[OS Do you remember when ‘the’ professor asked how I could call something a ‘fact’? Even though I knew he was being a pedantic ass, I found it hard to explain exactly what is meant by ‘a statement of fact’. Even Umberto Eco, seems to struggle to explain as this blog will show.]
[SS Or, it’s not Eco who is struggling but us!]
[OS Maybe, but to make it really objective we can quote exactly what Eco states and see how clear it is to everyone else.]
On page 158 of his Theory, Eco states that “semiosis lives as a fact in a world of facts.” It takes place among events and many events happen that no one could have anticipated. Similarly, as Eco previously explained, messages can be interpreted in a way that could not have been anticipated by its sender. Sometimes an innovatory statement can upset the structure of codes when they do not fit with the order of content. When this happens it raises an age old philosophical distinction between analytic and synthetic judgements . Eco argues that the focus on distinction should not be between analytic and synthetic but rather on the “semiotic distinction between semiotic and factual judgements.” (p158)
Particular examples of judgements are statements that can be either semiotic or factual. This is how Eco explains the difference between these two kinds of statements:
“a) /This is a one dollar bill/ is not a statement: it is a mention (see 3.3).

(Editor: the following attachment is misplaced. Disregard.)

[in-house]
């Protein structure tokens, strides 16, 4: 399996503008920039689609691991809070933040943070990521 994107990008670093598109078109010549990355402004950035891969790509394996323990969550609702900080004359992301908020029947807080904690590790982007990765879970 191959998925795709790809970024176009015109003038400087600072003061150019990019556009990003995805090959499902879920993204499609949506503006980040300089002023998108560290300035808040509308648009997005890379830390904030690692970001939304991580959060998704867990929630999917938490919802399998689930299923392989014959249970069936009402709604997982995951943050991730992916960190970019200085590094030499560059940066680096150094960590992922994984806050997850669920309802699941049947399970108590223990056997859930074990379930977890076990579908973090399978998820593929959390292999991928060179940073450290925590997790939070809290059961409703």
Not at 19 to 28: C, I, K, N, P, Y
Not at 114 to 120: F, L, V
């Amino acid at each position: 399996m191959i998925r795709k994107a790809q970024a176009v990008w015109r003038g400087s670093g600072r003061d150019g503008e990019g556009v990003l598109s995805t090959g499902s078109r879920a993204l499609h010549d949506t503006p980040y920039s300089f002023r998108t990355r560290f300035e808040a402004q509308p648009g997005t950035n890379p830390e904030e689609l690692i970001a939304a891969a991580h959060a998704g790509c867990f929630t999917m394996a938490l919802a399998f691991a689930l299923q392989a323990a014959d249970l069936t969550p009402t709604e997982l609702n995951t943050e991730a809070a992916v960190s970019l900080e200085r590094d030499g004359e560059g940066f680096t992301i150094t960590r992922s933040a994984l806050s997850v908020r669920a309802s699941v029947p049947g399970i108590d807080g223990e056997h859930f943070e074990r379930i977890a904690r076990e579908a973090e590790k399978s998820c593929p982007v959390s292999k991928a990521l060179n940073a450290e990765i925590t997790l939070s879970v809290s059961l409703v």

b) /One dollar is worth 625 lire/ was a semiotic statement in 1971, thereby expressing a coded signifying relationship.
c) /One dollar is worth 580 lire/ was an astonishing factual statement emitted in a given day during 1972.
d) /One dollar is worth 580 lire/ became a semiotic statement of type (b) during 1972”. (p160)
It seems the notion of change is the key to the difference between a factual and a semiotic statement as is acceptance and change. To be semiotic, something factual when stated, must be accepted by a society and remain so until “the arrival of another code-changing meta-semiotic adjustment.” (p160)
To mention something is to refer to something. To present something as fact, not only has something been referred to, but it has been given meaning. That ‘something’ is semiotic when it is coded and accepted.
[OS You see there is some basic common sense to all of this.]
[SS But what about statements that come from people with no common sense?]
[OS Oh. That’s quite a judgement….]